Cognition and the web

extended, transactive, or scaffolded?

Richard Heersmink*, John Sutton

*Corresponding author for this work

Research output: Contribution to journalArticle

2 Citations (Scopus)

Abstract

In the history of external information systems, the World Wide Web presents a significant change in terms of the accessibility and amount of available information. Constant access to various kinds of online information has consequences for the way we think, act and remember. Philosophers and cognitive scientists have recently started to examine the interactions between the human mind and the Web, mainly focussing on the way online information influences our biological memory systems. In this article, we use concepts from the extended cognition and distributed cognition frameworks and from transactive memory theory to analyse the cognitive relations between humans and the Web. We first argue that while neither of these approaches neatly capture the nature of human-Web interactions, both offer useful concepts to describe aspects of such interactions. We then conceptualize relations between the Web and its users in terms of cognitive integration, arguing that most current Web applications are not deeply integrated and are better seen as a scaffold for memory and cognition. Some highly personalised applications accessed on wearable computing devices, however, may already have the capacity for deep integration. Finally, we draw out some of the epistemic implications of our cognitive analysis.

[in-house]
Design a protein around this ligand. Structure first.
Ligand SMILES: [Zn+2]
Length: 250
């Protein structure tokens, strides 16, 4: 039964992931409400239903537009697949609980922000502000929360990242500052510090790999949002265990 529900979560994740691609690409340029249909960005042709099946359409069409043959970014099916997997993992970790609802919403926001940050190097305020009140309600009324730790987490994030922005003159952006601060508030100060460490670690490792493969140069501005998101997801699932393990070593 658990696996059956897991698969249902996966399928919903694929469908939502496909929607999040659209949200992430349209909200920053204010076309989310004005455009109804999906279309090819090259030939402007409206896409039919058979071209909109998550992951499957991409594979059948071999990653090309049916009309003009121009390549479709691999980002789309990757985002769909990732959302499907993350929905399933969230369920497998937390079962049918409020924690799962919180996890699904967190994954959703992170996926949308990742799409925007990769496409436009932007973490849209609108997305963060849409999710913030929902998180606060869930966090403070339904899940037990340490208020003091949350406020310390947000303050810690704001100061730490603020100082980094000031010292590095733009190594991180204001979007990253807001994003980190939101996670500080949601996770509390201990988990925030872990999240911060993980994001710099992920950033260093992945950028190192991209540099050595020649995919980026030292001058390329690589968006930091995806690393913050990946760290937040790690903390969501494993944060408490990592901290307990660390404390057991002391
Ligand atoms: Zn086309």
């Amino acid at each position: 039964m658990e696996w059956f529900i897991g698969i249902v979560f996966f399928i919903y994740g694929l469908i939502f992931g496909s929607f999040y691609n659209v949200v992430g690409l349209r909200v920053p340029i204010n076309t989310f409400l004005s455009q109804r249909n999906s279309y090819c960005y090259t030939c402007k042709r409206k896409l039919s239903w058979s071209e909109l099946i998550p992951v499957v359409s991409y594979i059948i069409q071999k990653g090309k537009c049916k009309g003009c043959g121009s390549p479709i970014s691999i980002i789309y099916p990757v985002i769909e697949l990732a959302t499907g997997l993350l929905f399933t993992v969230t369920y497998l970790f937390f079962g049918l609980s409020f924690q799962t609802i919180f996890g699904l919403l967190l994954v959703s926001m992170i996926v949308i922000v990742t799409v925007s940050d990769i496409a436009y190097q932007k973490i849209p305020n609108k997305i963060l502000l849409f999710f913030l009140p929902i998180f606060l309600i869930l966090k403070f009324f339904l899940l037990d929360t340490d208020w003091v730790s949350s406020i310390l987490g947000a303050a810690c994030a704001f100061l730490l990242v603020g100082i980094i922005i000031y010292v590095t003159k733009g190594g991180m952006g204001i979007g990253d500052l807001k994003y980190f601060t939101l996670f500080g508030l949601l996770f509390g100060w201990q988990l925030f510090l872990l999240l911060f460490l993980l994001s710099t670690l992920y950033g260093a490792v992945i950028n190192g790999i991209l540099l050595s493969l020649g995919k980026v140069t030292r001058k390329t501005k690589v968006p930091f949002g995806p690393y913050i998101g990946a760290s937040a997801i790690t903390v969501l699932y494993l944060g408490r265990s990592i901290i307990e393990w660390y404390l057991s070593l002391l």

Original languageEnglish
Pages (from-to)139–164
Number of pages26
JournalErkenntnis
Volume85
Issue number1
Early online date10 Jul 2018
DOIs
Publication statusPublished - Feb 2020

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